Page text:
By Trey Williams
It’s fitting that strong-armed quarterback John Rippetoe’s college career was completed outside the lines.
Rippetoe led Science Hill to its last undefeated season when Kermit Tipton’s Hilltoppers went 9-0-1 during Rippetoe’s senior year of 1965.
The Science Hill brand was red-hot, particularly for quarterbacks. Former ‘Toppers teammate Steve Spurrier finished ninth in the Heisman Trophy voting as junior at Florida that year and won the Heisman the following year.
Then 6-foot-3 and 195 pounds, Rippetoe made multiple high school All-America teams and was rated the No. 1 prospect in the state of Tennessee. He had at least 29 offers, none more appealing to him, perhaps, than Tennessee, Alabama, Vanderbilt and Duke.
A playing career at Tennessee, however, never materialized, thoughRippetoe made a connection with receiver Lester McClain that transcended sport.
“The first black athlete in the Southeastern Conference was Lester McClain,” Rippetoe said in 2016. “Lester and I are like brothers. Sometimes it’s kind of odd to think about how close we’ve gotten – and stayed that way, too.”
Rippetoe arrived in Knoxville a year before McClain broke the so-called color barrier. They were roommates during McClain’s sophomore and junior seasons when racial tension was sky-high.
McClain became one of the Tennessee offense’s primary weapons. Rippetoewas essentially a strong-armed practice player.
“I used to throw with him a lot,” McClain said Monday night. “He had a strong arm, I mean a powerful arm.”
Rippetoe also had a powerful bond with McClain – seemingly overnight.
“John had that genuine vibe of a good person, you know, I mean totally,” said McClain, who’d been a touted recruit out of Antioch. “He was always, even though he was that guy who had been the number one athlete, John was very studious and smart. So he had another side to him that wasn’t football even though he had gotten all the accolades in high school, particularly in football.”
There were times when Rippetoe and McClain must’ve felt Southern society pulling against ‘em.
“I’d say to Lester, ‘How in the world would anybody have thought you and I would have gotten along so well being roommates for two years,’” Rippetoe said. “We both question how it was that we became roommates. We go from the sinister calculations to the point of were we that good of friends that we projected that friendship to others. …
It was just a very positive thing between Lester and I.”
Rippetoe suspected that a factor in being chosen to be McClain’s roommate was Science Hill having integrated prior to his senior season. McClain also integrated – from Haynes to Antioch – prior to his senior year of high school.
Rippetoe played as a high school senior with former Langston High School standouts such as Charles Buford and Eugene “Red” Gillespie, and he’d enjoyed watching former Langston players like Kenny Hamilton and Johnny Russaw, the latter of whom was the first African-American football player to receive a scholarship to East Tennessee State University.
“I loved to watch Johnny Russaw,” Rippetoe said. “I thought if ever there’s anybody I’ve seen that could play in the pros…’ Him and Kenny Hamilton, what a tough bunch of nuts.
“We had probably a dozen black athletes play football with us – Charlie Buford, Jerry Hartsaw, Red Gillespie. They were critical in developing Science Hill’s program from a point of – we never had a lick of trouble, not the first issue as far as any integration problems. And I think that had a lot to do with why Lester and I were roommates, because that was known and kind of talked about by the other coaches.”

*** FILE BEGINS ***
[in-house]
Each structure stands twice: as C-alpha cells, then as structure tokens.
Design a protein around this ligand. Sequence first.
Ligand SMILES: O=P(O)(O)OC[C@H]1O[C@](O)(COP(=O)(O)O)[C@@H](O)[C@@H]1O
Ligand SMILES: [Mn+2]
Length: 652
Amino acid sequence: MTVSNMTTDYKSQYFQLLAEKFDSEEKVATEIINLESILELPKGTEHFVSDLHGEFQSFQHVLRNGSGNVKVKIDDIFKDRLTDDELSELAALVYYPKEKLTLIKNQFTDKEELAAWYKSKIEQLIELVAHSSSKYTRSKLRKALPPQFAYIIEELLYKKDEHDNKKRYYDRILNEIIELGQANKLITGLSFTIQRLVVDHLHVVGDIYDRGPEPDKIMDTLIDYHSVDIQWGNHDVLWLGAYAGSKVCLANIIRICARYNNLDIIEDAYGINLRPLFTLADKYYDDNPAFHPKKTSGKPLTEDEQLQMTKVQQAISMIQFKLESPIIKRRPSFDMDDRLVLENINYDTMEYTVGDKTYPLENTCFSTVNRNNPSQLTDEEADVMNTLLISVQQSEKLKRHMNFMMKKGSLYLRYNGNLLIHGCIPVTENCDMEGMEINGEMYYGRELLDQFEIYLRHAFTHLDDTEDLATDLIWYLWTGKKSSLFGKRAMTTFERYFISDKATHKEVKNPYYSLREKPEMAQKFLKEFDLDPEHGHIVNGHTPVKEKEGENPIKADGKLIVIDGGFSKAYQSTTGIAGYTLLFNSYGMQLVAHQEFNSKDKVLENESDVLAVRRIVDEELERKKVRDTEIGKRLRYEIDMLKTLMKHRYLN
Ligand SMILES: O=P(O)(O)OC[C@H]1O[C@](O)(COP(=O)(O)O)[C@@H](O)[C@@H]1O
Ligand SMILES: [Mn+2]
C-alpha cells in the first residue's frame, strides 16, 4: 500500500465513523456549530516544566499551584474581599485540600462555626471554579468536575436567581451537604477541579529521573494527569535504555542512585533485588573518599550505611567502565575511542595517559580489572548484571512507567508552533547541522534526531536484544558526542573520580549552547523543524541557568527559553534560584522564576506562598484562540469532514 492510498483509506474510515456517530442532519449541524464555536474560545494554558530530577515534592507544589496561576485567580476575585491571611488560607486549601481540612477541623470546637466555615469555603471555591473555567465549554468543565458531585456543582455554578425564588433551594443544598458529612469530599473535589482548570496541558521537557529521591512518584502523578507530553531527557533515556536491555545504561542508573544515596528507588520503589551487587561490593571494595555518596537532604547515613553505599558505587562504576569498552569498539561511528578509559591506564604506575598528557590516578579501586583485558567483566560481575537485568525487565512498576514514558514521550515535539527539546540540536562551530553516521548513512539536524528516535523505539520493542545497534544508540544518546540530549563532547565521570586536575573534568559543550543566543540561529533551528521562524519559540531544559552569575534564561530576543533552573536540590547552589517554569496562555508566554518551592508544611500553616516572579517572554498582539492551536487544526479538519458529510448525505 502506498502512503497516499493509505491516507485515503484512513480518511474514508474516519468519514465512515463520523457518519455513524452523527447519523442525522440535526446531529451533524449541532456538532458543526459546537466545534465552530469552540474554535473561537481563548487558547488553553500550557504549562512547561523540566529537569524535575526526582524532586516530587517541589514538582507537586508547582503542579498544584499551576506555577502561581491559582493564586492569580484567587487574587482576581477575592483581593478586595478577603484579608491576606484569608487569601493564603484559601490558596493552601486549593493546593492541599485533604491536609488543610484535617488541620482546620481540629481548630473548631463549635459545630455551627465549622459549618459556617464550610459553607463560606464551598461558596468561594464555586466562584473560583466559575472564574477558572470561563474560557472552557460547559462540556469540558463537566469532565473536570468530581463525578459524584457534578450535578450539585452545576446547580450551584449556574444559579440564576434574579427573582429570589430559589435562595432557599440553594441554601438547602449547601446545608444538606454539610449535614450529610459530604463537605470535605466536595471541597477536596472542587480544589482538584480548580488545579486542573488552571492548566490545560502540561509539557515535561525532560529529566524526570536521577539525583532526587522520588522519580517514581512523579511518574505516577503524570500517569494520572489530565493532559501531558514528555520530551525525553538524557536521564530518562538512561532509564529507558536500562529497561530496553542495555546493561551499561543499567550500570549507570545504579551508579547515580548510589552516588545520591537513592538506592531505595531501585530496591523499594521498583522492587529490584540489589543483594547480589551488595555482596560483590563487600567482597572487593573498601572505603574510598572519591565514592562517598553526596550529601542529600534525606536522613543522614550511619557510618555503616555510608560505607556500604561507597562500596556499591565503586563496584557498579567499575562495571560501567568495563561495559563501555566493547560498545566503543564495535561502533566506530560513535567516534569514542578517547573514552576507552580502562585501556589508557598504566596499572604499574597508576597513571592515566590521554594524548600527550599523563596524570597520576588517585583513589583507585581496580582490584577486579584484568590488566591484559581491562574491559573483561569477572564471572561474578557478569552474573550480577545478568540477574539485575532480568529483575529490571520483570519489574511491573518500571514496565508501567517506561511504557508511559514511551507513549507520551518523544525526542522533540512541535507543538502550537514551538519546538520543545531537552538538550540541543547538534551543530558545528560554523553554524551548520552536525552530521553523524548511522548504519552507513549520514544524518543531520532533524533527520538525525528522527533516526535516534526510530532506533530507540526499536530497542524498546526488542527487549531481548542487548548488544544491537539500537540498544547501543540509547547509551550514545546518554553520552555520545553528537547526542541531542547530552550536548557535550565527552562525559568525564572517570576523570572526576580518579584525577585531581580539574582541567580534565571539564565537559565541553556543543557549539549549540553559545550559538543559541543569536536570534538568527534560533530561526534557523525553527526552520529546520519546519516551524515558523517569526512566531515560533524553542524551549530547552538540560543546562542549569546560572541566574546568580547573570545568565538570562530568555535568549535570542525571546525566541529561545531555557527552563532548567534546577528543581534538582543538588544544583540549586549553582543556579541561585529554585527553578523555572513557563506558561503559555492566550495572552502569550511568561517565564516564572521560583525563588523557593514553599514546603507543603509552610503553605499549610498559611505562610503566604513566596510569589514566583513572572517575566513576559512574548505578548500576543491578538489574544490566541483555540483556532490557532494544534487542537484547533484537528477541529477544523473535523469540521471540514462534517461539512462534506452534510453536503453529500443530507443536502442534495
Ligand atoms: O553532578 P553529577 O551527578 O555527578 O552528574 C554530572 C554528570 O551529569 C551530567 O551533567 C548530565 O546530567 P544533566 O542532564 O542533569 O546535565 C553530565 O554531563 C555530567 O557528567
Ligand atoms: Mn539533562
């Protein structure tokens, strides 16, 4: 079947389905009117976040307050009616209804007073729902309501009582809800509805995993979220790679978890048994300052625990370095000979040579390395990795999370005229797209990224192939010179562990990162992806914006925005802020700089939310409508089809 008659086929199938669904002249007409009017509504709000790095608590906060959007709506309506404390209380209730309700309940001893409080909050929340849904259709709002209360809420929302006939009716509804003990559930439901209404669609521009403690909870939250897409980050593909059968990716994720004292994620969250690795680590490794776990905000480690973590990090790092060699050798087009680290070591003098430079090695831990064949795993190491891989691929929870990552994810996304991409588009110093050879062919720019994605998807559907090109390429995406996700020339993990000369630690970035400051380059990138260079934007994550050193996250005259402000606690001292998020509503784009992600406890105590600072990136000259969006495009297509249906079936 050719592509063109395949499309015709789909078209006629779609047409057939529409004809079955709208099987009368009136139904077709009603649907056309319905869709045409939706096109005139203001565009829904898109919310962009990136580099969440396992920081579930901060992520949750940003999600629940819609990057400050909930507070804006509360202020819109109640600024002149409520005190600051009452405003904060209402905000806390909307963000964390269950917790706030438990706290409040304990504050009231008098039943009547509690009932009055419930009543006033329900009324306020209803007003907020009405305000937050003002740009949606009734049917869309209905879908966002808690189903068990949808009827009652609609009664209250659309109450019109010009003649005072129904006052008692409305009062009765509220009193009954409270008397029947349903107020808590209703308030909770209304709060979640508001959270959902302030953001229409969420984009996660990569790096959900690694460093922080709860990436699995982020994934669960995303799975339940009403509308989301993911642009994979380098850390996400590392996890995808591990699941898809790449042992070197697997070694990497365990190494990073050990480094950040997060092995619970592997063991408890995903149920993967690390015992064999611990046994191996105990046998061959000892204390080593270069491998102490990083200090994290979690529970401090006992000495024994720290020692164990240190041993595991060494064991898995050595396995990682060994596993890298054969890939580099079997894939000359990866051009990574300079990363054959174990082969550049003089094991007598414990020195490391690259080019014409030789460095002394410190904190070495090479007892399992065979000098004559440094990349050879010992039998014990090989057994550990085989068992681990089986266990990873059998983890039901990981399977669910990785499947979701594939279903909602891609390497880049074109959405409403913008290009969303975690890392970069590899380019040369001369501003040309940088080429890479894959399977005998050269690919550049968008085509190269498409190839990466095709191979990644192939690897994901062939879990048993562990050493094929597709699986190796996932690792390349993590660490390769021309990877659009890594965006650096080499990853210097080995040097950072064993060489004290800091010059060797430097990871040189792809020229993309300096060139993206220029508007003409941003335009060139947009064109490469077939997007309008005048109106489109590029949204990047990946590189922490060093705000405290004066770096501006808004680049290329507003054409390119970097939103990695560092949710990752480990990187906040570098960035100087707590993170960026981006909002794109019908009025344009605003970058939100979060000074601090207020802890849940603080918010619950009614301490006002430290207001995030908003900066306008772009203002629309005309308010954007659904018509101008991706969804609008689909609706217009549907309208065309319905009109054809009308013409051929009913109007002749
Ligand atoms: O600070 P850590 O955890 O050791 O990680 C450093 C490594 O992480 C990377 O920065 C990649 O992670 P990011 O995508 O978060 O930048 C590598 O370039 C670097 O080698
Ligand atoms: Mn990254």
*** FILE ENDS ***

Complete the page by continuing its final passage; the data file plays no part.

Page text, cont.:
Rippetoe said teammates such as Buford, Gillespie, Terry Dellinger, Tommy Thomas and Dennis Kerley generated much of the rave reviews he received in high school.
“I was selected to two All-America teams,” Rippetoe said. “I feel fortunate to have that background. Scholastic Magazine was one of the All-American teams. …
“I was kind of embarrassed, if you will, because I had such a great team surrounding me. It seemed like I was getting credit for things that they had done. I played with a bunch of great folks. …
“Charlie Buford was a flanker and strong-side split end, if you will. He was quick. The tight end role played by Red Gillespie was significant. He was a strong, strong guy. I’m talking about built like Arnold Schwarzenegger.”
McClain said Rippetoe alluded to the Hilltoppers teammates that helped pave his way to Knoxville.
“He always talked about how it was like a magical thing,” McClain said. “He could throw the ball, but he said he had guys that made him look better than what he really was. And I’m sure he was exaggerating that.”
Rippetoe passed for 66- and 60-yard touchdowns to Buford in a 21-6 defeat of Asheville-Lee Edwards in 1965. The 60-yarder, according to newspaper accounts, covered 60 yards in the air on the last play of the half. He also threw a 60-yard TD to Kerley.
“I always got a good feeling being able to throw the long ball down the sideline,” Rippetoe said, “and hit Dennis Kerley in stride, full speed ahead.”
Emory Hale was an assistant coach at Science Hill when the signal-callers included Spurrier, Glen Altman, Rippetoe and Tommy Sholes. He went on to become head coach at Oak Ridge (1969-80), where he won three state championships while going 112-23, before becoming the head coach at Austin Peay (1981-87).
In 2011, Hale chuckled while fondly recalling Rippetoe’s passes against Lee Edwards.
“We called a throw-back route and John hit Dennis Kerley on the dead run for a touchdown,” Hale said. “And they had a blitz on. It was a heck of a play.
“I remember him throwing a stop-and-go route to beat Greeneville, too. He could make all of the throws.”
Dellinger got 13 letters at Science Hill, which was one more than Rippetoe earned thanks to Snake Evans persuading Dellinger to run at a cross country meet. Rippetoe was a power pitcher in baseball, threw the shot put and discus and ran the 880 relay in track & field and was a key cog for Elvin Little in basketball.